There are an estimated 20,000 to 25,000 polar bears (Ursus maritimus) worldwide, mostly inhabiting the annual sea ice over the continental shelves and inter-island archipelagos of the circumpolar Arctic, where they may wander for thousands of kilometres per year. They are specialised predators on ice-breeding seals and are therefore dependent on sea ice for survival. Female bears require nourishment after emerging in spring from a 5 to 7 month fast in nursing dens (Ramsay and Stirling, 1988), and are thus very dependent on close proximity between land and sea ice before it breaks up. Continuous access to sea ice allows bears to hunt throughout the year, but in areas where the sea ice melts completely each summer, they are forced to spend several months in tundra fasting on stored fat reserves until freeze-up.

Polar bears face great challenges from the effects of climatic warming (Stirling and Derocher, 1993; Stirling et al., 1999; Derocher et al., 2004), as projected reductions in sea ice will drastically shrink marine habitat for polar bears, ice-inhabiting seals and other animals (Hassol, 2004b). Break-up of the sea ice on the western Hudson Bay, Canada, already occurs about 3 weeks earlier than in the early 1970s, resulting in polar bears in this area coming ashore earlier with reduced fat reserves (a 15% decline in body condition), fasting for longer periods of time and having reduced productivity (Stirling et al., 1999). Preliminary estimates suggest that the Western Hudson Bay population has declined from 1,200 bears in 1987 to fewer than 950 in 2004. Although these changes are specific to one sub-population, similar impacts on other sub-populations of polar bears can be reasonably expected. In 2005, the IUCN Polar Bear Specialist Group concluded that the IUCN Red List classification of the polar bear should be upgraded from Least Concern to Vulnerable based on the likelihood of an overall decline in the size of the total population of more than 30% within the next 35 to 50 years. The U.S. Fish and Wildlife Service is also considering a petition to list the polar bear as a threatened species based in part on future risks to the species from climate change. If sea ice declines according to some projections (Meehl et al., 2007, Figure 10.13; Figure 4.4, Table 4.1) polar bears will face a high risk of extinction with warming of 2.8°C above pre-industrial (range 2.5-3.0°C, Table 4.1, No. 42). Similar consequences are facing other ice-dependent species, not only in the Arctic but also in the Antarctic (Chapter 1; Barbraud and Weimerskirch, 2001; Croxall et al., 2002). [IPCC AR4, Working Group II, 2007]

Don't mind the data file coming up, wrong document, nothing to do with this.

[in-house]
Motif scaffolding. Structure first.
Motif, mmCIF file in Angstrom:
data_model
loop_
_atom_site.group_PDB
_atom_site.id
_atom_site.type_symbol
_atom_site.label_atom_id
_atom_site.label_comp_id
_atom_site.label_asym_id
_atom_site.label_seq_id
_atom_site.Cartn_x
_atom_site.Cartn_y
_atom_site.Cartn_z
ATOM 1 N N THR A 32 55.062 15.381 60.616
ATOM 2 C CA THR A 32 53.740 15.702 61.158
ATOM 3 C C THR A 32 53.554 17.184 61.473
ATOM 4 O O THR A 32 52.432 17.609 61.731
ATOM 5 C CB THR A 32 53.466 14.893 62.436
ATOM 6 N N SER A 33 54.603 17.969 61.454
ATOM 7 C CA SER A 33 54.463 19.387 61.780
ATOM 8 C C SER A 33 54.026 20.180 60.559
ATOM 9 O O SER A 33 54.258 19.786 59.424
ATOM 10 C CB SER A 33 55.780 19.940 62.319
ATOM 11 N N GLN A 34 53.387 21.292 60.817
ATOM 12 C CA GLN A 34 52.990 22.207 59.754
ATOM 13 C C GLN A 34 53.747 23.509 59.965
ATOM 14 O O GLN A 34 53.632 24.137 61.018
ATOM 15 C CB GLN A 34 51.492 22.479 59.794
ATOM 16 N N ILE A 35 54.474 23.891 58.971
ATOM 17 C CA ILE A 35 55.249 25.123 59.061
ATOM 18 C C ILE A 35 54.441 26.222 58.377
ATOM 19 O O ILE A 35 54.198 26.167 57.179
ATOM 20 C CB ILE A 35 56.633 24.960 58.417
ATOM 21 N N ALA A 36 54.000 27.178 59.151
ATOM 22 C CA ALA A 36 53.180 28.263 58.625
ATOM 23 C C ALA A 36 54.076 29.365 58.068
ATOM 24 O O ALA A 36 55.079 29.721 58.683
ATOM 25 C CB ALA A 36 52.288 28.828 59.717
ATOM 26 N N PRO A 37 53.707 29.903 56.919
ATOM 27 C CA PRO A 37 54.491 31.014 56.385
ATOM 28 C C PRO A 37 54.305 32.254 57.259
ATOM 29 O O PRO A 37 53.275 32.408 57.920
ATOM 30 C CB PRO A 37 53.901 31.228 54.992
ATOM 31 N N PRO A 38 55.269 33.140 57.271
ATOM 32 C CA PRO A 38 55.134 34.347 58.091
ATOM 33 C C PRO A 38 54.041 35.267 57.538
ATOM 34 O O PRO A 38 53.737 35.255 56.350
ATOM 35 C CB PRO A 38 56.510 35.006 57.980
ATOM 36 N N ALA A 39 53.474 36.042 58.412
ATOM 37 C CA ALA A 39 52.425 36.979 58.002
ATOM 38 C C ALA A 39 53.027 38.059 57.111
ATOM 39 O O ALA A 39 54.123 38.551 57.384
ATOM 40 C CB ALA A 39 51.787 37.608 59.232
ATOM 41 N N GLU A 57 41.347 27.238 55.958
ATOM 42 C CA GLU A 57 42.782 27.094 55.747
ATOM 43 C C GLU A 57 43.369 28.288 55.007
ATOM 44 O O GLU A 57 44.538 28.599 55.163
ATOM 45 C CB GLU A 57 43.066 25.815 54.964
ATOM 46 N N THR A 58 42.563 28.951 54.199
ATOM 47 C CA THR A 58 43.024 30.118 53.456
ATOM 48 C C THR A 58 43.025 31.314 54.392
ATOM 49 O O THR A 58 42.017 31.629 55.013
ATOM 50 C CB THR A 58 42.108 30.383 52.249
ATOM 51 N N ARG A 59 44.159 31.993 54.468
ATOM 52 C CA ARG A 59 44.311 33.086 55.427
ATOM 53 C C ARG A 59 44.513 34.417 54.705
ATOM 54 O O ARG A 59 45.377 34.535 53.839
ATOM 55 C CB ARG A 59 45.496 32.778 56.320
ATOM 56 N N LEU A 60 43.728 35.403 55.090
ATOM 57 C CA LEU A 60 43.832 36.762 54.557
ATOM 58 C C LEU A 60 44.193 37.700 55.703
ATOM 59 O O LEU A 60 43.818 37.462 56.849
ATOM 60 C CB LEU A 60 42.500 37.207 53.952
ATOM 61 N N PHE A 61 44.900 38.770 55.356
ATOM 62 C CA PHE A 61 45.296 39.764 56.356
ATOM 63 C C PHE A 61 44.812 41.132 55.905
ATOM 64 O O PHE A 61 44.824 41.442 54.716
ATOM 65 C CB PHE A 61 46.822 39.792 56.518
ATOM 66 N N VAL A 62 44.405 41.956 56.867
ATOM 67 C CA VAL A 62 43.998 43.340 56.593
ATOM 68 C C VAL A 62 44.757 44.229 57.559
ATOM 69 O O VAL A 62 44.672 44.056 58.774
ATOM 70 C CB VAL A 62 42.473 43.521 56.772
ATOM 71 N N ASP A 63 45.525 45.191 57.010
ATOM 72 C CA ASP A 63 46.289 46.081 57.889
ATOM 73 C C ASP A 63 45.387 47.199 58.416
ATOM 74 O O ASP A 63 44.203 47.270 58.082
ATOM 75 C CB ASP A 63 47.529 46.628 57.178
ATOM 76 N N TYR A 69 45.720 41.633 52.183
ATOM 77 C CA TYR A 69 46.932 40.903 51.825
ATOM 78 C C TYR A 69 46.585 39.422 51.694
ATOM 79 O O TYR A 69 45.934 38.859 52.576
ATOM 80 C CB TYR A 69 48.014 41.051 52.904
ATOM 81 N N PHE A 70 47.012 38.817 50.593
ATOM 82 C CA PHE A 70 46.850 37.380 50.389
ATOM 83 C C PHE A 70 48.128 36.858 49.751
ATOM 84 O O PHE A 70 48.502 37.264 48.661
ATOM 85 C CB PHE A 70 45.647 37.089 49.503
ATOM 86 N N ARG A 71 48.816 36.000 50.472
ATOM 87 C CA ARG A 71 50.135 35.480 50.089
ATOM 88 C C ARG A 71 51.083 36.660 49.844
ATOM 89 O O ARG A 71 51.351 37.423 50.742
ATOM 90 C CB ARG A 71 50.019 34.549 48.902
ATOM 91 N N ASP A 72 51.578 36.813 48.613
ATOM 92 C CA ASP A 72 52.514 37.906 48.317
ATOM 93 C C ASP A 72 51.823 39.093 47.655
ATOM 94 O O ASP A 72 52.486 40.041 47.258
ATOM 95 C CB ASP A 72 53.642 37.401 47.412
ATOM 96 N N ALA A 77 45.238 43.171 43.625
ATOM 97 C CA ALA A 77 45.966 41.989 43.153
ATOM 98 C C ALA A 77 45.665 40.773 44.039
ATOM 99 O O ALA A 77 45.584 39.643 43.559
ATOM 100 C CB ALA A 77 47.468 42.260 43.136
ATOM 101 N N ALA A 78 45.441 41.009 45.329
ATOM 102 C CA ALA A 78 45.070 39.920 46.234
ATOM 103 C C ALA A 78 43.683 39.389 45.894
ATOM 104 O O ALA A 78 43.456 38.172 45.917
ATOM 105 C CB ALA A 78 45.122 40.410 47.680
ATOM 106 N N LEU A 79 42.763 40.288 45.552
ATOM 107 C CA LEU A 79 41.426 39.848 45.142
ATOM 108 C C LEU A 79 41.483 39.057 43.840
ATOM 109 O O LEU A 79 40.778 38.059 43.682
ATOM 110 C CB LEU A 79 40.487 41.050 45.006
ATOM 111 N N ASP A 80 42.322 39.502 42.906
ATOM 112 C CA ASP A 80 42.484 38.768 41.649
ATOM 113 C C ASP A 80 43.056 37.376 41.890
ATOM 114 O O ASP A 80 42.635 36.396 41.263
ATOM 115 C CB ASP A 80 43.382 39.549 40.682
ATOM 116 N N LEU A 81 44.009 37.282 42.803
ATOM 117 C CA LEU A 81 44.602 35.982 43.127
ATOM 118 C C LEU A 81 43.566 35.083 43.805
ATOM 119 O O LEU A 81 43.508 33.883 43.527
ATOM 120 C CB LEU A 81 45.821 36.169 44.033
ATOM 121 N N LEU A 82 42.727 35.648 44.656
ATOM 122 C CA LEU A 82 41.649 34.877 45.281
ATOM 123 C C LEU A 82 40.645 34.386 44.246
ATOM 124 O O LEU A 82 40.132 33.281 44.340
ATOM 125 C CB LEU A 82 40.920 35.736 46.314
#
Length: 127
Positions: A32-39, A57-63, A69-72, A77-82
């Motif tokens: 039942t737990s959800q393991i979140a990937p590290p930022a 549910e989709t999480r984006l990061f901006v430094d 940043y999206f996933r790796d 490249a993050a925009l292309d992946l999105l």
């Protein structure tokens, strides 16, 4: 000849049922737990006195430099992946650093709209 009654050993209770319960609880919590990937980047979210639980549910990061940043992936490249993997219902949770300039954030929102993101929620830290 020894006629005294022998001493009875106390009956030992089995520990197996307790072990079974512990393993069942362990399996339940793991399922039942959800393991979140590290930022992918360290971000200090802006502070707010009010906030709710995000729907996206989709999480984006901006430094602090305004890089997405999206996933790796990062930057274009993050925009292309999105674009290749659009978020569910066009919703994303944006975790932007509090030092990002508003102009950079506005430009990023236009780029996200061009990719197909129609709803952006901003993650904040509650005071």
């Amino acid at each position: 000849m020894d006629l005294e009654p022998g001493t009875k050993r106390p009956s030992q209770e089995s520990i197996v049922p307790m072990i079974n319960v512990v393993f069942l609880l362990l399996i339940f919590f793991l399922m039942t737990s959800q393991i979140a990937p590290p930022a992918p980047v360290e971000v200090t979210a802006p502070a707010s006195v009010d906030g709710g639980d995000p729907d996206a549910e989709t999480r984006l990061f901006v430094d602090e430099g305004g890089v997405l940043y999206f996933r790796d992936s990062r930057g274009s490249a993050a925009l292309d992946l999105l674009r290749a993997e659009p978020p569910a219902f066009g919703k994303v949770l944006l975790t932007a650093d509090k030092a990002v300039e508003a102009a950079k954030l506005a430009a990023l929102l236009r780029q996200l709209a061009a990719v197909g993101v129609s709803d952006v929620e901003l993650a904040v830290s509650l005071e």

FWS: "Polar Bears Are Very Sensitive To Changes In Sea Ice Due To Climate Change." From the Fish and Wildlife Service's Final Rule designating the critical habitat for the polar bear under the Endangered Species Act: